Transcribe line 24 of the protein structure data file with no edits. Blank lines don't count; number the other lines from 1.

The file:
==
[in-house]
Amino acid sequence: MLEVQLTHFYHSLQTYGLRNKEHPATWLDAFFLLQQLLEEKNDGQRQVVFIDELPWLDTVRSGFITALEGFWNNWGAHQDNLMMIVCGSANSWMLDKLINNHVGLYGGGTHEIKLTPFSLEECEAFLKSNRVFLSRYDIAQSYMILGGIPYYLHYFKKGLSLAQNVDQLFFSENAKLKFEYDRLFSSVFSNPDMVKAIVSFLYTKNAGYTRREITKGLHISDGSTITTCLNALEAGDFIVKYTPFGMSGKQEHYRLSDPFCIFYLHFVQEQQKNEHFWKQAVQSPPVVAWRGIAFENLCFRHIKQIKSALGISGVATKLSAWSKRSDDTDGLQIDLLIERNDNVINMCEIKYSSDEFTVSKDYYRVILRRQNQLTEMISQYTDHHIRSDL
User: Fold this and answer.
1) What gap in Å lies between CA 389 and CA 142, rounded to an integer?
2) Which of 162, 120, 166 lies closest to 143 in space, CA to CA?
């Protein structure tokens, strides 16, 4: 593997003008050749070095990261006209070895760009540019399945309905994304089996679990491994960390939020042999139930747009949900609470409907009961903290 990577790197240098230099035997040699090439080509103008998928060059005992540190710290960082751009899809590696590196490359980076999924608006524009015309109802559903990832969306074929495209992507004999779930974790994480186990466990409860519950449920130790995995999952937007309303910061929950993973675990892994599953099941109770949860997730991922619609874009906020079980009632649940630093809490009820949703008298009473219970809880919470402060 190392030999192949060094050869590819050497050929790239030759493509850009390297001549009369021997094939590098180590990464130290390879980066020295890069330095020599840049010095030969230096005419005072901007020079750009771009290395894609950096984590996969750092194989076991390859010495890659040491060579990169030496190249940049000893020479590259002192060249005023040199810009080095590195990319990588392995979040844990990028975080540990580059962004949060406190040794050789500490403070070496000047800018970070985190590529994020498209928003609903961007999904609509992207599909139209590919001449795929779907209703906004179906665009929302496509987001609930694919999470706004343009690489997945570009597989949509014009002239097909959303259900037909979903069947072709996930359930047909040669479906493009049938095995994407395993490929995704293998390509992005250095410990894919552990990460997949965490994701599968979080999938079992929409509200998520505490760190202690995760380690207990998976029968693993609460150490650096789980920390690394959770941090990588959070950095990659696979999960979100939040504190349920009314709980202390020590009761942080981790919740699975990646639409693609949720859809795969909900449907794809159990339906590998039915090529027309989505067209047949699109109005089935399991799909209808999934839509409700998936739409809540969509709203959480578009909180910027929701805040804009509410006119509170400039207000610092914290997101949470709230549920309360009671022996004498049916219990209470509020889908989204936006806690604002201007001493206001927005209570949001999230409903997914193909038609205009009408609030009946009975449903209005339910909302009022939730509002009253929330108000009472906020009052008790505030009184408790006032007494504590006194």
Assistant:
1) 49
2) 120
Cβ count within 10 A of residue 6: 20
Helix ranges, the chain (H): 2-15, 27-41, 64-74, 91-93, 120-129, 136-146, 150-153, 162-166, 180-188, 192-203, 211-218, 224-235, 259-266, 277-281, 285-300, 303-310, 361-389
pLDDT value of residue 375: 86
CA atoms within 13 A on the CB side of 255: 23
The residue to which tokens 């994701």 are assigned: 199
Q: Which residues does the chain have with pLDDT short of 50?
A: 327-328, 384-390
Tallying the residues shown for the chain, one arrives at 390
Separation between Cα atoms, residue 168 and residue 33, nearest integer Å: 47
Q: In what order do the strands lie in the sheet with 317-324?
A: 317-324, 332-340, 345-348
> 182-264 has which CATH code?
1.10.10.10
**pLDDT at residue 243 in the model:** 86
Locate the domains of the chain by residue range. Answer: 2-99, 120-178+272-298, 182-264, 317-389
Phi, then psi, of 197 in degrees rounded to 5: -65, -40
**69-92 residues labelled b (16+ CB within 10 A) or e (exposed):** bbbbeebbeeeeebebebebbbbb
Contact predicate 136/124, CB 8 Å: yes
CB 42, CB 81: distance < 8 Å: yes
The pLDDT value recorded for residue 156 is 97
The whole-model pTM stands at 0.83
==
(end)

Locate the domains of the chain by residue range. Answer: 2-99, 120-178+272-298, 182-264, 317-389